Algal bloom results when bodies of standing water, overladen with phosphates from industrial production, are choked with an excess of algae. As evident an indicator of environmental degradation as this phenomenon is, it’s also insidiously attractive, resulting in surfaces of lush greens that give an illusion of abundance. Lisa Sanditz’s paintings, which explore the proliferation of single-industry towns in China, make up a study in cultural values that ultimately asks: Can something of beauty be recognized as such even when there’s a catch? What is right in a world where one person’s gain is clearly another’s loss?
The title of each piece refers to the manufacturing specialty of the locale Sanditz takes as her subject. The resulting images are often a mash-up of trip-induced hues with the space and intuitive delicacy of Chinese brush painting, set inside factories or industrial landscapes. Xiamen, LED City, or “The Miami of China,” for instance, bears a washy swath of clouds in front of the setting sun and dusky light settling over a scintillating mountain city.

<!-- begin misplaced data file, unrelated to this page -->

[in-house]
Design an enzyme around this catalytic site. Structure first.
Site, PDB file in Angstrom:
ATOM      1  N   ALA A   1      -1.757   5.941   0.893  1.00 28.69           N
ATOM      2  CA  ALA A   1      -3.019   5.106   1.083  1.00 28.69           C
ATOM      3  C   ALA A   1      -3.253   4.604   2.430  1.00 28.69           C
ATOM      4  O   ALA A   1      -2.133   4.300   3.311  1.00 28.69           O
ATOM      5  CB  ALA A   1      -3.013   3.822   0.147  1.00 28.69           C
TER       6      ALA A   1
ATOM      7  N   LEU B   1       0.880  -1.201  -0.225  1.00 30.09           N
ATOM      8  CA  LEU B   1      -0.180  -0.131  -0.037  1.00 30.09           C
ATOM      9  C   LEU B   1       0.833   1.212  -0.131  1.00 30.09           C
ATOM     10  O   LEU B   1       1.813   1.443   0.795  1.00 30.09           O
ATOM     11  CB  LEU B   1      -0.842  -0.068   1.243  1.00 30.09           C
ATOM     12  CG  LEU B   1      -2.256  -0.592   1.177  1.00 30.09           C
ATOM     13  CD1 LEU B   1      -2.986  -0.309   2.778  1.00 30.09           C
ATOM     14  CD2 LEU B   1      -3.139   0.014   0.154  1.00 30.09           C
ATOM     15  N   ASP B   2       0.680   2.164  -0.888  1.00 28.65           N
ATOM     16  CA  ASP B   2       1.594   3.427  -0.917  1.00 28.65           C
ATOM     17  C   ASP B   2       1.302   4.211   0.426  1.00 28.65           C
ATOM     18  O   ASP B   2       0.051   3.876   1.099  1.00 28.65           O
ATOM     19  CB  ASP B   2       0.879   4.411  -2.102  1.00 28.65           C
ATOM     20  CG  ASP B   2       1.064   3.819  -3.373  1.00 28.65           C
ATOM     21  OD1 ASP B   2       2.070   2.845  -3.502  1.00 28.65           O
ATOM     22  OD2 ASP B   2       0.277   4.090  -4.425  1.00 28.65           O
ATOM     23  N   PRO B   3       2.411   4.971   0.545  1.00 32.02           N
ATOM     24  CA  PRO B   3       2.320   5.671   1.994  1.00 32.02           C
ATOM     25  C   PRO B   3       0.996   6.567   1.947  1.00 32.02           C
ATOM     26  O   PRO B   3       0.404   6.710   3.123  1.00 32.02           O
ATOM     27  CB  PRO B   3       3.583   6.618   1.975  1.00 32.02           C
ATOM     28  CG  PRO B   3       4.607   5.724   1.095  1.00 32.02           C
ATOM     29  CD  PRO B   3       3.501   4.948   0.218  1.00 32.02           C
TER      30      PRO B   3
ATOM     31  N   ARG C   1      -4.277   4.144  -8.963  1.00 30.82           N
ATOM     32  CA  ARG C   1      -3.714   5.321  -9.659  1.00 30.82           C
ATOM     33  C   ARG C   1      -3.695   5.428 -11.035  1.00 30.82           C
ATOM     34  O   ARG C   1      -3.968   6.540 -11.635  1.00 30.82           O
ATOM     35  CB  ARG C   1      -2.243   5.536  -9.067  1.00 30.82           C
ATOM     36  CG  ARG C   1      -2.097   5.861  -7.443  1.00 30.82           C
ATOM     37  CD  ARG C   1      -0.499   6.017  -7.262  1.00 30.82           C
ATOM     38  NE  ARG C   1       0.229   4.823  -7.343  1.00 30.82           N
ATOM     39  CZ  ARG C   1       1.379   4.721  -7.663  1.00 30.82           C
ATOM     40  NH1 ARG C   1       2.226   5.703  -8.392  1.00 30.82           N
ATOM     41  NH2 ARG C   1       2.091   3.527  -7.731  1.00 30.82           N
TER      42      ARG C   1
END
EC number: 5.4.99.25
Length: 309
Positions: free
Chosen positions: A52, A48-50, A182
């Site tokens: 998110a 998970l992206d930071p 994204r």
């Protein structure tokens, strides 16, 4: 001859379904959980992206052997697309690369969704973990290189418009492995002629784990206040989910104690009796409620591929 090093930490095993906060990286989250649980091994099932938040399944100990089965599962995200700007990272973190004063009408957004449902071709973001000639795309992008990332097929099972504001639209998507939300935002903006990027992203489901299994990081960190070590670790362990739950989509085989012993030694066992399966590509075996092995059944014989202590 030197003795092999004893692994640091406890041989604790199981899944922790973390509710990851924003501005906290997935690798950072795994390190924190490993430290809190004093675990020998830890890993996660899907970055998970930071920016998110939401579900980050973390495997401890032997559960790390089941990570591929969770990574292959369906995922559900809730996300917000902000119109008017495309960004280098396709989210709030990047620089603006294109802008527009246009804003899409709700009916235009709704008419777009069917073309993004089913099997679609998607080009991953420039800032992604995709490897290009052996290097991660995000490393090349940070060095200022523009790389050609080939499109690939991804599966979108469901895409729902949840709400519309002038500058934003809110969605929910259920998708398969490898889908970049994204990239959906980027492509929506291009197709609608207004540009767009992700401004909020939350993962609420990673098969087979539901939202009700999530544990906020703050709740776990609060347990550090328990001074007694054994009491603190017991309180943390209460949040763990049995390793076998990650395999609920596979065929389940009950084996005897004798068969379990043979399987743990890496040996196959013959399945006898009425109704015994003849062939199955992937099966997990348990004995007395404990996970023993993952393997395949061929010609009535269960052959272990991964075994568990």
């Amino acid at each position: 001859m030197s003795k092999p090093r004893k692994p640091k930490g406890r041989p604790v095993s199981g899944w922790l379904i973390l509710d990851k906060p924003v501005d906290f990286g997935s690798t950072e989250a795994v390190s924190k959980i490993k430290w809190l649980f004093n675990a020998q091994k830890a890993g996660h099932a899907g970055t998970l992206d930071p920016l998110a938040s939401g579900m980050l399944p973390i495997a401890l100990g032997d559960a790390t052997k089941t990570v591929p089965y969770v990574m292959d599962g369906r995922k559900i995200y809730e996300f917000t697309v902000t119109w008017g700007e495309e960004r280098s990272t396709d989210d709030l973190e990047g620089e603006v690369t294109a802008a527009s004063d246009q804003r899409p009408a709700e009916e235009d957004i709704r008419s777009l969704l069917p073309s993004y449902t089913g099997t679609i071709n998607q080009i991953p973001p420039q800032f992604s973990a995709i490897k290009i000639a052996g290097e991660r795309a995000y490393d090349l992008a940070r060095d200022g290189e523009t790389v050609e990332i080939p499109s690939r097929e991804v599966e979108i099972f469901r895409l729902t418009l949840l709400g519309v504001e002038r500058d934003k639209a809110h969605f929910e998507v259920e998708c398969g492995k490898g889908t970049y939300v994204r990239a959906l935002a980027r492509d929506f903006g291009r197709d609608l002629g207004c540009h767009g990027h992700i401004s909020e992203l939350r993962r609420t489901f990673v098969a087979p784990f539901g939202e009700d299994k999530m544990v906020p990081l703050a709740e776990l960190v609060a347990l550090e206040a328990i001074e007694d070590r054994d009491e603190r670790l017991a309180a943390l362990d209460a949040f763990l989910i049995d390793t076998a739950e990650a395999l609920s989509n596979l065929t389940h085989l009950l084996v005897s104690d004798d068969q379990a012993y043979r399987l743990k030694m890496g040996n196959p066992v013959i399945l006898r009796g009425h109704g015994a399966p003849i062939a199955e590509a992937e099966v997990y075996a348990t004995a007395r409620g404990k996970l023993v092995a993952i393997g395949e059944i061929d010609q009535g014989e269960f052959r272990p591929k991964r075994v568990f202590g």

Sanditz’s work is undeniably crowd-pleasing in its brilliant use of color, and she has a great excuse for this beauty: It’s the double-edged sword that forces us to balance our enjoyment of these scenes with our understanding that they represent our exploitation of the developing world. Such compositions as Oil Painting Village, which subtly probes the idea of art as another item in a production line, inject a sense of self-deprecating humor. It’s refreshing to see work that’s at once a truly aesthetic experience and a political statement.
Written by T.J. Carlin